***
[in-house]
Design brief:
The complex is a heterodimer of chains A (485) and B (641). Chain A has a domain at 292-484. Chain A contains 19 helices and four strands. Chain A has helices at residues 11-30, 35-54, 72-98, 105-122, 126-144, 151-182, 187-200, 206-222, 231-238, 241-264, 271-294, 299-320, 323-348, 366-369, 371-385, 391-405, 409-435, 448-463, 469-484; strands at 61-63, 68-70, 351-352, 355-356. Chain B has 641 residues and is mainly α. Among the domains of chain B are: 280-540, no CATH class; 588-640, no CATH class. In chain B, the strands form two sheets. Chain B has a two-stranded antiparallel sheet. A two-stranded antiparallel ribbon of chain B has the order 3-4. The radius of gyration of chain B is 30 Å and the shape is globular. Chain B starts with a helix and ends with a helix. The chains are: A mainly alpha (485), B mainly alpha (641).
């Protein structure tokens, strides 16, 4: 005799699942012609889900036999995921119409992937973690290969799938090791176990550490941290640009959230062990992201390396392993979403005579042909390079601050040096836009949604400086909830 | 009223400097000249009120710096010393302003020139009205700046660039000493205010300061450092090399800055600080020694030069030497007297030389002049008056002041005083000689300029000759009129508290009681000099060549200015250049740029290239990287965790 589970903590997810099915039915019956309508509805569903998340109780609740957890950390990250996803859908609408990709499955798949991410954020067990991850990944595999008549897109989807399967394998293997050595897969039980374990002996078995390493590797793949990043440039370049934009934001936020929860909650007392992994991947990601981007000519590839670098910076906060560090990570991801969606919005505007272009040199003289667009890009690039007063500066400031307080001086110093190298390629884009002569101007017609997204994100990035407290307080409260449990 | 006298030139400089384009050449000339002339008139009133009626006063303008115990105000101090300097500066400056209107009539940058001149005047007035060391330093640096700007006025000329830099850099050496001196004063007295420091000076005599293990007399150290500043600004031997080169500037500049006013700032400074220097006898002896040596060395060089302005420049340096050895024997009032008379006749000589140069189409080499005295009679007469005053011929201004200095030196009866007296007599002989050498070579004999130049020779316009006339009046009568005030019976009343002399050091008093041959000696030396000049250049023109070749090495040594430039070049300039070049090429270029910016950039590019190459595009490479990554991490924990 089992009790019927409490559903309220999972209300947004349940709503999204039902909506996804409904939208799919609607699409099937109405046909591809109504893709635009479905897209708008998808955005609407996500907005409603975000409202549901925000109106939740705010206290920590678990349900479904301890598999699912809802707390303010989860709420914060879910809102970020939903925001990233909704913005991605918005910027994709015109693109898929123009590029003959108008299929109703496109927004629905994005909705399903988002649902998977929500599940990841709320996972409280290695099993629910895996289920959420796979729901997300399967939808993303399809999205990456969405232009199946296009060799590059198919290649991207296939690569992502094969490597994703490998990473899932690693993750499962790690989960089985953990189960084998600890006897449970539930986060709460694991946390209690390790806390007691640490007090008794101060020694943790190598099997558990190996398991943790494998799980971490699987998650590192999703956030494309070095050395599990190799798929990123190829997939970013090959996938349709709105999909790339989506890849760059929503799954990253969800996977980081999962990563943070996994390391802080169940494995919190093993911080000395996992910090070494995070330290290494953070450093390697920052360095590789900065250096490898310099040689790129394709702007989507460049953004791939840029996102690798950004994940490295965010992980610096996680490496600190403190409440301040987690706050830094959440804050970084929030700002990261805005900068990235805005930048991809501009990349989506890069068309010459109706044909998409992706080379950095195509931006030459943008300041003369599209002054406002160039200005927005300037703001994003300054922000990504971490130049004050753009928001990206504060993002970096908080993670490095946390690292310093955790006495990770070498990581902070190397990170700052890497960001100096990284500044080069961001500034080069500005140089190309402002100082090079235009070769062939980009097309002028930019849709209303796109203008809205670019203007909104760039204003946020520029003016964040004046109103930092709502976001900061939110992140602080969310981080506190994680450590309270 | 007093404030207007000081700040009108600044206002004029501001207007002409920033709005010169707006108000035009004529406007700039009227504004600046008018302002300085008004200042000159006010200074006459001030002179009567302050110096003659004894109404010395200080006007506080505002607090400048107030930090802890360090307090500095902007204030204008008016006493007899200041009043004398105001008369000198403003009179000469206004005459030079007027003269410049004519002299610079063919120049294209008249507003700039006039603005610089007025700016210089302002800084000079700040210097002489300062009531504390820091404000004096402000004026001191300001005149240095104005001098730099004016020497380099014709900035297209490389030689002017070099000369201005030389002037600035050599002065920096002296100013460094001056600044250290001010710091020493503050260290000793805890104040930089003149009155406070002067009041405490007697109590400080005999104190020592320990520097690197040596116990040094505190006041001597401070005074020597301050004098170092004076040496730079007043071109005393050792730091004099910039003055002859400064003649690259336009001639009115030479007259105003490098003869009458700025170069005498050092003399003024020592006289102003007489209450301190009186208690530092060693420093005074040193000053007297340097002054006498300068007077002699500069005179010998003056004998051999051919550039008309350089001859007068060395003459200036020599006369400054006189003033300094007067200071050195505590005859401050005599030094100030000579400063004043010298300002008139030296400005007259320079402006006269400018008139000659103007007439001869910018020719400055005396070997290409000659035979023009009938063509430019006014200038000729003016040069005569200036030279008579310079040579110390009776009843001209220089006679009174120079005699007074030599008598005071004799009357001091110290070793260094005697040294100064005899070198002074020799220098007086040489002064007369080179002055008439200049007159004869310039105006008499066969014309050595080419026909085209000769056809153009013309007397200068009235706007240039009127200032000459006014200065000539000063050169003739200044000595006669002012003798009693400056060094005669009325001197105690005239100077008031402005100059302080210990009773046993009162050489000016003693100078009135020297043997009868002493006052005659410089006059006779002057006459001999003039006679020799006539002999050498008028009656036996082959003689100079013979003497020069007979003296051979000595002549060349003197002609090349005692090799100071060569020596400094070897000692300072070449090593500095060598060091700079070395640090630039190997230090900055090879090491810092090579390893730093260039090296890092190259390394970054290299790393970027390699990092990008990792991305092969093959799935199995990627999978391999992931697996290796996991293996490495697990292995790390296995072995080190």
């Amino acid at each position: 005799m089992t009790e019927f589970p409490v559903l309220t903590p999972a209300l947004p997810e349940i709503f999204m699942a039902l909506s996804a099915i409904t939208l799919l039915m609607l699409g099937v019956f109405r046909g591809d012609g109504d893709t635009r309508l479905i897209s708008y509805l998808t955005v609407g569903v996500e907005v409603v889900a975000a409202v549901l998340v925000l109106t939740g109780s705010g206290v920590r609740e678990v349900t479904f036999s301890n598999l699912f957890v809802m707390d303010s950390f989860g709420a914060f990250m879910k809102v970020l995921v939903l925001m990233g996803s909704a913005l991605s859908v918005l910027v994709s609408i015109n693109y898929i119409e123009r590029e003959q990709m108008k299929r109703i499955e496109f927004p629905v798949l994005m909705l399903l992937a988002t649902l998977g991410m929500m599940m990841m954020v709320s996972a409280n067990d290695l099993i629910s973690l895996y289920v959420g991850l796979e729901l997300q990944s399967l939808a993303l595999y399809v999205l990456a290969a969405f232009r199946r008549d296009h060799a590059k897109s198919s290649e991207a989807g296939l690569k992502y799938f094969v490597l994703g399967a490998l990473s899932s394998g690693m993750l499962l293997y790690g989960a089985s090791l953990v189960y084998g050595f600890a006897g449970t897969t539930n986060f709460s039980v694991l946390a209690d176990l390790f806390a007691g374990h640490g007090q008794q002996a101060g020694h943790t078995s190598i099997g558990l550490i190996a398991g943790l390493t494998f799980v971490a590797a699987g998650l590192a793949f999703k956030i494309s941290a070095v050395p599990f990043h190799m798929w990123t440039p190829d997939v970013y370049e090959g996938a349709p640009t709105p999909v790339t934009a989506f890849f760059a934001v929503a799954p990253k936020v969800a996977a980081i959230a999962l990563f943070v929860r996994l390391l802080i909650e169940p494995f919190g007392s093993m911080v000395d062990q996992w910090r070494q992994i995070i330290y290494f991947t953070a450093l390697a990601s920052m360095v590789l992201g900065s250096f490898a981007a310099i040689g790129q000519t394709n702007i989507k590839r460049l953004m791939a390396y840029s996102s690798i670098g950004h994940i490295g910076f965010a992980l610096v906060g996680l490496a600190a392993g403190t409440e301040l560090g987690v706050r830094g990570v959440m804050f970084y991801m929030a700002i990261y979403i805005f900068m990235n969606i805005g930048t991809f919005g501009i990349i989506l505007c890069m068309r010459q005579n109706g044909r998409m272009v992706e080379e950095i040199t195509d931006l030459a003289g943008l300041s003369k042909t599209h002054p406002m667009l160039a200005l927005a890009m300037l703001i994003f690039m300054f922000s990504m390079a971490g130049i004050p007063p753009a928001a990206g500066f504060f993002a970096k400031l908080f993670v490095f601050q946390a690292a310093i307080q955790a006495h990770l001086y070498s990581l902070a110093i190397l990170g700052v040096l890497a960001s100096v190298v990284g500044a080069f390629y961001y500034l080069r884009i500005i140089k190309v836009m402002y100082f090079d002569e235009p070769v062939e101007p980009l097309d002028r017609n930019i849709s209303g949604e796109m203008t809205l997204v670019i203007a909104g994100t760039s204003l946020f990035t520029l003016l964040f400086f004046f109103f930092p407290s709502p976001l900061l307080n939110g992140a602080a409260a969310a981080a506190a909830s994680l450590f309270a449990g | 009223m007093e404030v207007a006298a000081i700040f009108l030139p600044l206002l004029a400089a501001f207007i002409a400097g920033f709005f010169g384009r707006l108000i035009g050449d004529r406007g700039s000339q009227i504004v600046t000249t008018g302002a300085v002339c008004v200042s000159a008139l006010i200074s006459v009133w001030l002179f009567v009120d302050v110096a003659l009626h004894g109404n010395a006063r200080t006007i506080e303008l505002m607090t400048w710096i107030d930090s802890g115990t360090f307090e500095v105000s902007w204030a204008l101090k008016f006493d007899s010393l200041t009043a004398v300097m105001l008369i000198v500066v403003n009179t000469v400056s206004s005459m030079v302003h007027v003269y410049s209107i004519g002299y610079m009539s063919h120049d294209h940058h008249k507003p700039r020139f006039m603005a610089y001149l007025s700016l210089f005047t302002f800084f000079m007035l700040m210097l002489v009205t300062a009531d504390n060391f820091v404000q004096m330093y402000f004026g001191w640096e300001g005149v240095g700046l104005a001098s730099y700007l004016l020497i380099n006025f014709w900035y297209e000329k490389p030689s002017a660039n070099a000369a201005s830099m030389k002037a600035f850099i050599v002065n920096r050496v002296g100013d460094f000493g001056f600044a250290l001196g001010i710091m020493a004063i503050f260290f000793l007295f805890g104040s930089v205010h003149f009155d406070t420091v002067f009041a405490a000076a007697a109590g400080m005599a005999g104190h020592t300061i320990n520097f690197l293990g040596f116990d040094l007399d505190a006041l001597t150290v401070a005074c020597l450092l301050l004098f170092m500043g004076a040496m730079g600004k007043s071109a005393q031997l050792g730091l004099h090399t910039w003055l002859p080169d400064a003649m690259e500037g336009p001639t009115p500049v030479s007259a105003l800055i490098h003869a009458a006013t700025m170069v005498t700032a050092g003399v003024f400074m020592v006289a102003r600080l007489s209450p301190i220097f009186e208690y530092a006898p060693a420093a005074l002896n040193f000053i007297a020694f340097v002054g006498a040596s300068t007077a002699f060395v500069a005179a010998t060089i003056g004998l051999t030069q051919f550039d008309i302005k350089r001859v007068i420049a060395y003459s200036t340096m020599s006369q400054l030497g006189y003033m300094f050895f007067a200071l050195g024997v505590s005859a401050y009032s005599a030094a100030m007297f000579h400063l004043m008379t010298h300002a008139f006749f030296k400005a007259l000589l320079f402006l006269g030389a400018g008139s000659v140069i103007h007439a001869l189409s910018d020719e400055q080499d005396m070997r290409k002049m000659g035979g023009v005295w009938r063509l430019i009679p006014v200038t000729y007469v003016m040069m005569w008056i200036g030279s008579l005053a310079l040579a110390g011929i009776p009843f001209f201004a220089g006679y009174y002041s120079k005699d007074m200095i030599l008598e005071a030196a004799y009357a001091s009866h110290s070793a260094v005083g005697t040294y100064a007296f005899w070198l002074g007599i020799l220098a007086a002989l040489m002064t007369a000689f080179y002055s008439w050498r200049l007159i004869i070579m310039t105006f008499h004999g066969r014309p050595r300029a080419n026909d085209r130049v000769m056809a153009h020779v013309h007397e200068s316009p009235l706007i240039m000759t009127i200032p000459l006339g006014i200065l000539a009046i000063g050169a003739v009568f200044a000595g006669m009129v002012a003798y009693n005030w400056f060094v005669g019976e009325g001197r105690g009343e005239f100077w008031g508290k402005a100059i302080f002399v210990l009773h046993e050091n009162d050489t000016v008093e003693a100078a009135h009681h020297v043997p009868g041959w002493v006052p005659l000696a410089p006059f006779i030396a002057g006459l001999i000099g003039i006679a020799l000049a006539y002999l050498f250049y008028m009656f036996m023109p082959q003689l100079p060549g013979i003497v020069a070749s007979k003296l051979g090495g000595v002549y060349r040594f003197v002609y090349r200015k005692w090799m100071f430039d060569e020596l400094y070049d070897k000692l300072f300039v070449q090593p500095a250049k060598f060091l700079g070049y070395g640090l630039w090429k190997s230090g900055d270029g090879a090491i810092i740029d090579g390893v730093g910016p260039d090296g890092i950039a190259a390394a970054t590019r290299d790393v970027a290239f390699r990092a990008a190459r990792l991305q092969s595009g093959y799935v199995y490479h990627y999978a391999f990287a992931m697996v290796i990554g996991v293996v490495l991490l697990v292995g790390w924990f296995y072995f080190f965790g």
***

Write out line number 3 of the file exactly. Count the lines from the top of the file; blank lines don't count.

The complex is a heterodimer of chains A (485) and B (641). Chain A has a domain at 292-484. Chain A contains 19 helices and four strands. Chain A has helices at residues 11-30, 35-54, 72-98, 105-122, 126-144, 151-182, 187-200, 206-222, 231-238, 241-264, 271-294, 299-320, 323-348, 366-369, 371-385, 391-405, 409-435, 448-463, 469-484; strands at 61-63, 68-70, 351-352, 355-356. Chain B has 641 residues and is mainly α. Among the domains of chain B are: 280-540, no CATH class; 588-640, no CATH class. In chain B, the strands form two sheets. Chain B has a two-stranded antiparallel sheet. A two-stranded antiparallel ribbon of chain B has the order 3-4. The radius of gyration of chain B is 30 Å and the shape is globular. Chain B starts with a helix and ends with a helix. The chains are: A mainly alpha (485), B mainly alpha (641).